Scenes from the convention floor
Assa Abloy displays
TWENTY YEARS AGO
Our September, 1992 issue marked the beginning of a new era as Bill Reed retired from Locksmith Ledger. Padlocks were the theme of the September issue beginning with an article on the Fort Brute hockey puck lock. Master Lock suggested their various display racks as a way to increase impulse sales. A line of Hercules padlocks was featured. An interesting history of Harry Soref and the Master laminated padlock he invented still makes good reading. Another article of interest showed how the Abloy disc system operates and how it is put to use in Abloy padlocks. Gil-Ray tools explained what it takes to sharpen key cutter blades. Charles Cole reported on lock products made by Trimark. A second Trimark article suggested the Trimark 60-300 deadbolt which is especially good for thin trailer doors. Locksmasters was sending a group of experts around the country in 1992 to train locksmiths. A Midland advertisement featured portable radios which were slightly smaller than a cigar box. Miniaturization has changed all that today. T.C. Mickley showed how padlocks from American Lock could be keyed alike with a residential house key. Milt Wolferseder serviced a Meilink home safe. Another safe article shows how to drill open a round door safe by Meilink (sold under the Sierra Safe Name). Seth Pehr explained some of his tips for fitting desk lock keys by code.
TEN YEARS AGO
Padlocks were also featured in the September 2002 issue. Jerry Levine reported on the series 2500 padlock by American Lock. Tim O’Leary liked the Cisa line of padlocks sold by Lockey Corporation. Jerry Levine installed a Yale cylindrical deadbolt. Dale Bowman, Medeco Security Locks, discussed the retrofit capabilities of the Medeco Keymark lock cylinders. Jerry Levine also reported on the lock system used on a Ford Think, an electric, golf-cart sized vehicle that did not last very long before discontinuation. Detex introduced their Detex value series alarmed exit device. Michael Tierney summarized the recent revisions to BHMA standards. Dick Zunkel took a trip to China and reported on the kind of lock security systems used there. A special report showed various designs of decorative residential hardware. Locksmith Dave Vandervelde discovered a new key code series for Haworth furniture. Jeff Trepanier provided information on basic lock cylinder servicing. Jeff continued with information on fitting keys to a GMC/Isuzu cab-over-engine W4 truck. Tim Oleary explained the different types of batteries used for access control backup systems. Richard Maurer reported on ways to used exit devices to increase building security.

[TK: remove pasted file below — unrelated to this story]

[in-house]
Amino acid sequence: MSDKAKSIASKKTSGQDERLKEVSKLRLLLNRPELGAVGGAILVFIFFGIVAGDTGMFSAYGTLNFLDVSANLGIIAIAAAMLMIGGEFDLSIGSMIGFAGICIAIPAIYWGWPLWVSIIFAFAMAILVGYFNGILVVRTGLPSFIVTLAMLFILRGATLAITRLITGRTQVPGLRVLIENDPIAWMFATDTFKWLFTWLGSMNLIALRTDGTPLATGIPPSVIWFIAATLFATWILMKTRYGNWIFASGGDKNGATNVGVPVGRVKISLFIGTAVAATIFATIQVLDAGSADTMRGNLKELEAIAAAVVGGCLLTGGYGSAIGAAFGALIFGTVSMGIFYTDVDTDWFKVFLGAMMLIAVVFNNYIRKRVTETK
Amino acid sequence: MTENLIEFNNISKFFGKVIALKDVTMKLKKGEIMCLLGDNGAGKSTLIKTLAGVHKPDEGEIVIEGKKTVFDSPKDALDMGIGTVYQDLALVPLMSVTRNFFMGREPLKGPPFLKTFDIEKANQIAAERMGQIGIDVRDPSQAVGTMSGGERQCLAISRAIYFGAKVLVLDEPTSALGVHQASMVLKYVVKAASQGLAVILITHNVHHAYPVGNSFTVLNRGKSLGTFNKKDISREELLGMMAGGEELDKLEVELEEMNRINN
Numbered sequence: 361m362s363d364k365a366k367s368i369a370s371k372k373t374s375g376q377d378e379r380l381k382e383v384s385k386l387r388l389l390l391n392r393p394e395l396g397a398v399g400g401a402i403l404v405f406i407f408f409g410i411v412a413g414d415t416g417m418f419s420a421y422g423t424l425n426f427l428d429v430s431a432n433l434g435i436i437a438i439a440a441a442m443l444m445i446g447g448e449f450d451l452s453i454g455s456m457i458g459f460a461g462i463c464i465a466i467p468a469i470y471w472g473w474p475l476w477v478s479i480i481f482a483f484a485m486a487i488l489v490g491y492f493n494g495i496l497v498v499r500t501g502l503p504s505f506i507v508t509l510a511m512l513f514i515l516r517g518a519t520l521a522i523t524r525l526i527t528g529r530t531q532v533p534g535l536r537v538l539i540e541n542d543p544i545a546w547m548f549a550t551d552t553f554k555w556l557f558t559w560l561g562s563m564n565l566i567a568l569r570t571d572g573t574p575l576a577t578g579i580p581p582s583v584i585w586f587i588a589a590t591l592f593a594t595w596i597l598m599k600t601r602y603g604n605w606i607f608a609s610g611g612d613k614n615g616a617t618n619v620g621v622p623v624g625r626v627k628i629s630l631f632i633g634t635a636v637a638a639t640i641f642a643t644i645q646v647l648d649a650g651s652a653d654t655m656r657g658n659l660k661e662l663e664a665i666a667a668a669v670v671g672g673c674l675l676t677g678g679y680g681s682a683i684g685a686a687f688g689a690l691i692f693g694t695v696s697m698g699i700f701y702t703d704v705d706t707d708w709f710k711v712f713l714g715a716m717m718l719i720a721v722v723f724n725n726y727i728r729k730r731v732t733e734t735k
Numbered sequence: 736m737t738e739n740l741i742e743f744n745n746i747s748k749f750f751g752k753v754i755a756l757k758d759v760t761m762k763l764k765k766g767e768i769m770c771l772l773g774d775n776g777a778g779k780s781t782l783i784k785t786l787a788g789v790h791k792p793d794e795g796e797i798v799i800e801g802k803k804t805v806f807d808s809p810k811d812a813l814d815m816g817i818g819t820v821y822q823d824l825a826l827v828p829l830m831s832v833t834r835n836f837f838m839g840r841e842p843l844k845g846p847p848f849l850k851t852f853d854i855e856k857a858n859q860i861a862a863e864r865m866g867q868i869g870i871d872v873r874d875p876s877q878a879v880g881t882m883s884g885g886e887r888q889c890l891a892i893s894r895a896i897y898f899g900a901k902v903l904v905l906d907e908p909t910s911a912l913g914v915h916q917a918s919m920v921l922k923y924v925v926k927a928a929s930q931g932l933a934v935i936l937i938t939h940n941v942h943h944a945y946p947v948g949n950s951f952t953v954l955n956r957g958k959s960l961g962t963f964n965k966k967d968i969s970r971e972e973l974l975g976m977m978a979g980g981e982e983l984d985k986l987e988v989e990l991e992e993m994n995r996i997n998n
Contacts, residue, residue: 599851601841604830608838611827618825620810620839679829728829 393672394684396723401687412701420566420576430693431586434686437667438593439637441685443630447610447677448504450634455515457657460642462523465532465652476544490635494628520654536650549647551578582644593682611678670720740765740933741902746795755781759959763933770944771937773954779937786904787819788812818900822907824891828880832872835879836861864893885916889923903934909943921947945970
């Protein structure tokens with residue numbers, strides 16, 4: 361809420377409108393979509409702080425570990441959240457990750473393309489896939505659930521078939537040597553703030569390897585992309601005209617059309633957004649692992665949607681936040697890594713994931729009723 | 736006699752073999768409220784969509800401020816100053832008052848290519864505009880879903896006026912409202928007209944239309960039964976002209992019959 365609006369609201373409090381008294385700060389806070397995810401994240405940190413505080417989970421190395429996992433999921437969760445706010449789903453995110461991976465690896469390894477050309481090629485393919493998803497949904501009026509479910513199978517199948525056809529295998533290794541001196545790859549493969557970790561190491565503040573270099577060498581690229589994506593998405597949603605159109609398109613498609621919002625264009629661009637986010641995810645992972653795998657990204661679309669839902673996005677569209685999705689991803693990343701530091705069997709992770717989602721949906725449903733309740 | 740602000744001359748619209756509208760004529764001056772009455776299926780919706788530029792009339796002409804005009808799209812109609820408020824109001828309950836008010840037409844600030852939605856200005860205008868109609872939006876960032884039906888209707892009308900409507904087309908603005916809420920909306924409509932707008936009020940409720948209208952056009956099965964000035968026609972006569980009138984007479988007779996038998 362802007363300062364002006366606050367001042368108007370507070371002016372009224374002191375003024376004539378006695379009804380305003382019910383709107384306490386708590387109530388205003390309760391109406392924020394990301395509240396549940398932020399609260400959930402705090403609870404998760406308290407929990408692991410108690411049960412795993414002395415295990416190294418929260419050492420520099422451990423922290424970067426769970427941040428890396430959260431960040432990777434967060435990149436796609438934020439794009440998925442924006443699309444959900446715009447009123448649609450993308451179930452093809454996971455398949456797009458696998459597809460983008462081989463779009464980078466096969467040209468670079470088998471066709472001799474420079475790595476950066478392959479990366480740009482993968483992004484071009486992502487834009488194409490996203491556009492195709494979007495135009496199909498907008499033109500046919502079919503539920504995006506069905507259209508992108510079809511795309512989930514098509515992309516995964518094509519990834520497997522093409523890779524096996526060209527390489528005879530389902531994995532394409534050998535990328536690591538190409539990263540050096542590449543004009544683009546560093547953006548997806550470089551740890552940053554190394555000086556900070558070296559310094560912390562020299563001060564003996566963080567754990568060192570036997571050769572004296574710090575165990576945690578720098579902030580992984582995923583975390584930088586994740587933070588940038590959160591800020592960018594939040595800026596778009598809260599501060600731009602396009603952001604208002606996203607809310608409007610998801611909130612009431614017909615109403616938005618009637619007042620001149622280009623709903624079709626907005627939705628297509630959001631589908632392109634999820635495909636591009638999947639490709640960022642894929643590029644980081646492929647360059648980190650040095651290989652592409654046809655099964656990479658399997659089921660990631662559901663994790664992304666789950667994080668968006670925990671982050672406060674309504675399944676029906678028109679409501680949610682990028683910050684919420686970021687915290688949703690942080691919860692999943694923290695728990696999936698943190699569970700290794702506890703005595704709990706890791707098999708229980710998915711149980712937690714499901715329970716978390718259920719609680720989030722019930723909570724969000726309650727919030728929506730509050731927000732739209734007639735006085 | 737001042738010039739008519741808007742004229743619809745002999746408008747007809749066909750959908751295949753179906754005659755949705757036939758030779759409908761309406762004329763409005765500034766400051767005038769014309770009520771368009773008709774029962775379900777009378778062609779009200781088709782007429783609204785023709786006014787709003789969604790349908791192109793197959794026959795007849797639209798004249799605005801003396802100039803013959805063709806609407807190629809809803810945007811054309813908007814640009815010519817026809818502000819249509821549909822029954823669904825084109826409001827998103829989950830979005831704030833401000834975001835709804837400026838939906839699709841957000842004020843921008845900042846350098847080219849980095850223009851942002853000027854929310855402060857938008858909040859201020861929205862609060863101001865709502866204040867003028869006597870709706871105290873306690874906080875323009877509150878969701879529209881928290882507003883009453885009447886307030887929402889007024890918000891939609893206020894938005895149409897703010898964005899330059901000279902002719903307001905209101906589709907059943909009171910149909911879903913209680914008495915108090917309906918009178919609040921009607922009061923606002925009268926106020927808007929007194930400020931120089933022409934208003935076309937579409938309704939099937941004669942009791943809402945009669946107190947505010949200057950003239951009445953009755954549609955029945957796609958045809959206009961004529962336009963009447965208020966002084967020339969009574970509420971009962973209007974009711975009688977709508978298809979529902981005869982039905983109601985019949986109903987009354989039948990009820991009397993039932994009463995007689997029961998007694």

ALOA Convention Replay
The 2012 ALOA convention in Las Vegas has come and gone, but the memories linger on. During a lively meeting on Thursday, the membership voted to change the name of Associated Locksmiths of America to ALOA Security Specialists Association. The convention show floor seemed slightly busier than in past years and most exhibitors seemed satisfied with attendance. Key machines seemed to be a popular attraction and several vendors had new models to demonstrate. The busiest booths seemed to be those who had automotive- oriented tools and supplies on display. It was interesting to see that Ford and Nissan both had their latest truck models on the convention floor. Next year when ALOA will be in Baltimore, MD.